From LinuxMCE wiki
|Version||Status||Date Updated||Updated By|
|810||Works||8th Jan 2011||purps|
- High image & video quality
- High-sensitivity 1/4" CMOS sensor (300k pixels)
- Auto IR-LED night vision up to 30m (90ft)
- Motion detection alert via email or upload image to a specified FTP server
- Support a wide range of browsers(IE, Firefox, Google)
- Support remote viewing & record
- Support image fullsceen and image snapshot
- Multi-level users management and passwords definition
- Embeded Web Server
- WEP,WPA and WPA2 Encryption
- Optimized MJPEG video compression for transmission
- Support wireless network (WiFi/802.11/b/g)mobile
- Supporting Dynamic IP (DDNS)and UPnP LAN and Internet(ADSL,Cable Modem)
- Multi-Protocol support and Transportation (such as TCP/IP, SMTP and HTTP)
- Support Mobile Phone View such as Iphone & Smart phone (It should support midp2.0 java mobile or pda mobile)
- Simple to setup, Friendly GUI, DIY installation
- Aluminum Alloy Design, Shell Vandal-Proof,IP65 Waterproof and weatherproof for Any Harsh Environment
Note: This is the 60 IR LED version; the FI8904W has fewer LEDs (24 to be exact) which means that it is not as good when it comes to night vision. The FI8904W is easily identifiable (apart from the number of LEDs!) by the shape of its cowling. The cowling of the FI8905W is 'U'-shaped in cross-section, whereas the cowling of the FI8904W is what I would call 'Micky Mouse'-shaped. One more thing; be careful of the cheap clones on eBay, you don't want to end up with one of those.
This camera does have quite a mean zoom lens on it (12 mm). Also the colours are a bit odd; greens and browns appear purple for example. That said, it is by far the cheapest outdoor IP camera around, and I think that it is very good for the price.
Do also bear in mind this issue.
Note: This section describes how to install this camera as a Motion device; I have not tried installing it as a standalone viewer, but I see no reason why it wouldn't work.
Note: These instructions are for when the camera is plugged into a router on the external network, as opposed to a switch on the internal network. Not ideal, but this was necessary due to this aforementioned problem.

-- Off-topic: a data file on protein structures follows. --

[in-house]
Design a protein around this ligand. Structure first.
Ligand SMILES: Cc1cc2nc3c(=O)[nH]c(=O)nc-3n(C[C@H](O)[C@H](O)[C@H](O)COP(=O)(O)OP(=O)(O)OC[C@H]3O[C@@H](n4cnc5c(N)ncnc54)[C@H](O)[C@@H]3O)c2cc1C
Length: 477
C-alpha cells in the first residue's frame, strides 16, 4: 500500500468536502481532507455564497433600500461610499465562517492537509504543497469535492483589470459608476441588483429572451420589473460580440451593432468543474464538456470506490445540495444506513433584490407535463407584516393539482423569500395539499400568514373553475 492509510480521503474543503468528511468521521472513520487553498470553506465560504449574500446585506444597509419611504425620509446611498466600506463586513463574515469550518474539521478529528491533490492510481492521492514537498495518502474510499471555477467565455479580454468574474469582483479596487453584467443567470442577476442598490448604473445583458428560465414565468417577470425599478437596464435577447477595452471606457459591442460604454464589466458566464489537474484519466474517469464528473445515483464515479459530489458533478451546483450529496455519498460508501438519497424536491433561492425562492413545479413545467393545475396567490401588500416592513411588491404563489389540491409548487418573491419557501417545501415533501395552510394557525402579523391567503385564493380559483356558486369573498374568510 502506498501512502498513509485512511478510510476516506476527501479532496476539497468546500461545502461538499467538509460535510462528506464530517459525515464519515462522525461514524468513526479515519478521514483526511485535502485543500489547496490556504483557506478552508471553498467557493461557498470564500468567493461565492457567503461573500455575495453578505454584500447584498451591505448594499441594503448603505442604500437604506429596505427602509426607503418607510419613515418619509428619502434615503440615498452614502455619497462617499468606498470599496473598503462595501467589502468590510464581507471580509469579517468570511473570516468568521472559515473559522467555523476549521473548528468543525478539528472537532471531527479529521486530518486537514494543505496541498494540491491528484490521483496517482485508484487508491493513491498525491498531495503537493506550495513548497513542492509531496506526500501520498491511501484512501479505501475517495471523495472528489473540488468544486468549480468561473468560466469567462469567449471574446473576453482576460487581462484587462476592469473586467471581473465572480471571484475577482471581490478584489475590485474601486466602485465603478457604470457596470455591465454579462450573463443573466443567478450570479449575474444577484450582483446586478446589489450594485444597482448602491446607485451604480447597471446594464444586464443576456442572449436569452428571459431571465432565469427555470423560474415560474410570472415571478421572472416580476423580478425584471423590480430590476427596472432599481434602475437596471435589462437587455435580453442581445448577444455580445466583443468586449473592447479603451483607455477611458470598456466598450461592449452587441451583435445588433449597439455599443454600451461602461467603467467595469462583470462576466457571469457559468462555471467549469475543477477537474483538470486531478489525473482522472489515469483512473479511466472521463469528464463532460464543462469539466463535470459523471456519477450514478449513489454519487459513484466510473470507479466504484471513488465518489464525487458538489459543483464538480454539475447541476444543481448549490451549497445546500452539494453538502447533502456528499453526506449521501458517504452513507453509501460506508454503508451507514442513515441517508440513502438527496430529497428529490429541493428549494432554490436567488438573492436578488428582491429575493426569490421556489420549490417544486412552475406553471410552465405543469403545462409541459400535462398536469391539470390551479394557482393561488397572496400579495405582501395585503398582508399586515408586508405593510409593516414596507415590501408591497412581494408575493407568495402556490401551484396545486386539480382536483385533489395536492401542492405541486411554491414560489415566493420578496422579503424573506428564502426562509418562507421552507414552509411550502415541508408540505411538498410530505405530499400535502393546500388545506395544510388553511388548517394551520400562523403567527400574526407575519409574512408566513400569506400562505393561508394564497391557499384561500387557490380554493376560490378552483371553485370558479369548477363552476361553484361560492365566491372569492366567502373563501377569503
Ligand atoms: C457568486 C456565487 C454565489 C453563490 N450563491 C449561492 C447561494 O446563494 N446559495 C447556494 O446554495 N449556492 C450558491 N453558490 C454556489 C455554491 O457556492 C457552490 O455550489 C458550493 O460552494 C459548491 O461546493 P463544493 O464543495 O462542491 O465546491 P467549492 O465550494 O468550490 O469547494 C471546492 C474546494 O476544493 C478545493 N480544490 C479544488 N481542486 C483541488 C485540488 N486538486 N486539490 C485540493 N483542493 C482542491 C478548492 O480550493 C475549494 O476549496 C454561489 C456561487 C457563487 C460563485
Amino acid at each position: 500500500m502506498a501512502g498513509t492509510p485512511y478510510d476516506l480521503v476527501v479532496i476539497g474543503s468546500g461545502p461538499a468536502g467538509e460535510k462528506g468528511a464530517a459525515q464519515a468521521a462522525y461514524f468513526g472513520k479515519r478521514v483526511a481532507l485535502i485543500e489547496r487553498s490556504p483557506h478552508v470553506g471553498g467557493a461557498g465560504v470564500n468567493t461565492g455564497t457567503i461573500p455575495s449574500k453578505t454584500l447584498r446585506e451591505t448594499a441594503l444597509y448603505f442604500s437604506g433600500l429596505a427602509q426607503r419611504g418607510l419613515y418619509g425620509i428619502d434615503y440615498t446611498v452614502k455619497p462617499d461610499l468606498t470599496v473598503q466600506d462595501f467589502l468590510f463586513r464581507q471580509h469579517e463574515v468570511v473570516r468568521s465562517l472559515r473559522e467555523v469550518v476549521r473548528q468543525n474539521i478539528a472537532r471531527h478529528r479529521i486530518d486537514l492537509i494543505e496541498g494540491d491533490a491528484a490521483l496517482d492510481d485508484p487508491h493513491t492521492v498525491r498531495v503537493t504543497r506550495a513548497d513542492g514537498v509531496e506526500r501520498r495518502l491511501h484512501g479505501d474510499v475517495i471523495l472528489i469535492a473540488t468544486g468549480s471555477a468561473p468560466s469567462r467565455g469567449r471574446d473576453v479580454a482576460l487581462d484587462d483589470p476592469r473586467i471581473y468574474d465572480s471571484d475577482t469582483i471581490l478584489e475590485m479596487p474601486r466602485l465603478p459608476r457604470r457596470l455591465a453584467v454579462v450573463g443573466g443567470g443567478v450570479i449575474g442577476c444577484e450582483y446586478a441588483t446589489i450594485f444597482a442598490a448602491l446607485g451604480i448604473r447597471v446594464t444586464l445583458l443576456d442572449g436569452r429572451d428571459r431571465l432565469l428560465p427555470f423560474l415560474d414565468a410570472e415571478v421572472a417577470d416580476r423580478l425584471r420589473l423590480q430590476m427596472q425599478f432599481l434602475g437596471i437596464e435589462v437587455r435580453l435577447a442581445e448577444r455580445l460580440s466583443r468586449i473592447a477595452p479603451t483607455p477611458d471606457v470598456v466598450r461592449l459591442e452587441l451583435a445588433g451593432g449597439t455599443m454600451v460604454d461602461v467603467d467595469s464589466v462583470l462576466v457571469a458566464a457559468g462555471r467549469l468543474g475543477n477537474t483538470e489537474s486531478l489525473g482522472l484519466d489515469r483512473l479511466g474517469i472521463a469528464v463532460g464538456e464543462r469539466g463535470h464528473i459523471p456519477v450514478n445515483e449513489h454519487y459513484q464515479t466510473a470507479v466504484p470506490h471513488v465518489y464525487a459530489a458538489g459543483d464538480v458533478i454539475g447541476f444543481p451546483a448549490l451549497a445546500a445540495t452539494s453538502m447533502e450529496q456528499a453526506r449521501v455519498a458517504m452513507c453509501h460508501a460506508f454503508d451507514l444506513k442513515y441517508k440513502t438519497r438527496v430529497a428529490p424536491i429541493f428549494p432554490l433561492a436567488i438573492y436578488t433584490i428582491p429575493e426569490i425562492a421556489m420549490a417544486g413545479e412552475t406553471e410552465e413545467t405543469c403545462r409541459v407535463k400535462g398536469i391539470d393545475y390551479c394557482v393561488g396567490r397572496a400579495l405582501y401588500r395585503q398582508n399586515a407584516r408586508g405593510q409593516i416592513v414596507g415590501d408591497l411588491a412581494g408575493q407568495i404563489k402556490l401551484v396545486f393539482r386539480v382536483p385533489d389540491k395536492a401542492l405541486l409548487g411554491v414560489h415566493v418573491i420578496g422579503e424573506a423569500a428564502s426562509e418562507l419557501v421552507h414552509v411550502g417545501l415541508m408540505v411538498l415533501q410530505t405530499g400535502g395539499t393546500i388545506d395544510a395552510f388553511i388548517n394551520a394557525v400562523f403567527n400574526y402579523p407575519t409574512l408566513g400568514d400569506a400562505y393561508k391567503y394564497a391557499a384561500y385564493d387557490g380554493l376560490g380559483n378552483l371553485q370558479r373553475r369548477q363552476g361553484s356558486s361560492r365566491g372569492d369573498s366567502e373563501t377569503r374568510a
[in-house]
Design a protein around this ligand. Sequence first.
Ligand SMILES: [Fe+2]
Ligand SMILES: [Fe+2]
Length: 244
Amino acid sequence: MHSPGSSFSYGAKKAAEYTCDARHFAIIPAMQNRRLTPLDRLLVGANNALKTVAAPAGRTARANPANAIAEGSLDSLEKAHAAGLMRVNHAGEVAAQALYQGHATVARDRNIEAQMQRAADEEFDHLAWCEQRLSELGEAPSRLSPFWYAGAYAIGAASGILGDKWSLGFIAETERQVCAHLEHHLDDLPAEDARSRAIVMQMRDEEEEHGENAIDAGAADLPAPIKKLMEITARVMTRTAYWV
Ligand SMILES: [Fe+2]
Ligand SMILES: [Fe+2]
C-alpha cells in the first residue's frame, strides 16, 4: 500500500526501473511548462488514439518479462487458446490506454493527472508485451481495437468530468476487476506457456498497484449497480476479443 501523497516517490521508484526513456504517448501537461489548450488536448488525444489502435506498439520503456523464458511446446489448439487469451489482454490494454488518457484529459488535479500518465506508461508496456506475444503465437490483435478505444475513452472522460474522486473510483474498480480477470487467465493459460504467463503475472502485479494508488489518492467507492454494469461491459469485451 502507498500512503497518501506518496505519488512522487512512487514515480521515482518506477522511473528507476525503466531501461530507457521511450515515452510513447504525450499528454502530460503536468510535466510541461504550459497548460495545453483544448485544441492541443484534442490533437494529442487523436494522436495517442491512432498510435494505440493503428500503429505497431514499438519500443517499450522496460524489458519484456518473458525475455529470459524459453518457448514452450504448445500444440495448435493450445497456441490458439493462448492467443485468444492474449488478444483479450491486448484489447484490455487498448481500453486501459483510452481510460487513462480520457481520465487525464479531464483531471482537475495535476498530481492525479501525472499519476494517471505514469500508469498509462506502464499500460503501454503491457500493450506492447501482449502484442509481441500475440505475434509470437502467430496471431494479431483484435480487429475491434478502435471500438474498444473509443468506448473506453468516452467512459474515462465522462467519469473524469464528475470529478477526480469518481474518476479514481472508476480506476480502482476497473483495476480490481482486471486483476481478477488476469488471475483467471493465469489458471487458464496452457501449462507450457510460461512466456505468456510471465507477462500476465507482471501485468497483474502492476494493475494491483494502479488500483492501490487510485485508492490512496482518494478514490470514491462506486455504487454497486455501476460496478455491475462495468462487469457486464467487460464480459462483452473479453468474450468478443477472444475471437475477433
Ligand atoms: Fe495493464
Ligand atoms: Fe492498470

- Install motion wrapper (if it is not installed already). In web admin (type "192.168.80.1" in a browser of your choice), click "Show devices tree" (very bottom of left-hand pane), click on "CORE" and then "Create Child Device". Then press the "Pick device template" button, which will open a new window. Under "Device Template", select "Motion Wrapper" and press the "Pick device template" button.
- Plug in your camera (remember I plug my Foscams into the external router). In your router admin page (accessed via 192.168.1.1 in my case) find out what IP was assigned. Type this IP into your browser and have a look through the options. Set the username and password. I also set a static IP just in case it tries to change itself. I also specified the camera's IP on my router so that no other device could take it (belt and braces).
- In LMCE web admin (type "192.168.80.1" into a browser), go to Wizard -> Devices -> Surveillance Cameras. Click the "Add Device" button at the bottom of the page. This will open a new window.
- In the window that just opened, pick "Generic Motion IP Camera" from the dropdown menu in the "Device Template" section. Press the "Pick device template" button.
- Find the new camera in Wizard -> Devices -> Surveillance Cameras. Change the description to something more obvious if you so wish and select a room.
- Change the "Path" field to "http://192.168.1.XXX/videostream.cgi?user=XXXXX&pwd=XXXXXX", not forgetting to replace the Xs with the IP, username and password. Add "80" to the "TCP Port" field. Press "Save".
- Press the "Advanced" button. Check the IP and MAC address in the "Device Info" section. If it's not the same as the MAC and IP you saw in the Panasonic utility, change it. Click "Save".
- Do a Reload & Regen, and that should be it. This camera can now be used as a motion sensor and/or for recording movement (recordings are stored in "/home/cameras/XX" where XX is the device number of the camera, and last for 5 days I believe). A scenario will hopefully be automatically generated.
- Rinse and repeat for any additional cameras.
Note: After reloading/restarting the Core, motion dies. It has to be restarted manually by doing a "sudo /etc/init.d/motion restart". This issue has been reported http://svn.linuxmce.org/trac.cgi/ticket/904 & http://svn.linuxmce.org/trac.cgi/ticket/715 (not sure whether these two tickets are reporting the same issue or not).
Note: Very occasionally I have found that the scenarios sometimes require a little bit of tinkering. If there is no image displayed when you click on the scenario, look in Wizard -> Scenarios -> Security scenarios, select the scenario in question, select "Advanced Wizard" in the "Edit scenario using wizard" section, and just check that the number in the "#2 PK_Device (int)" field corresponds with the camera's Device #; if it does not, change it. Reload & Regen.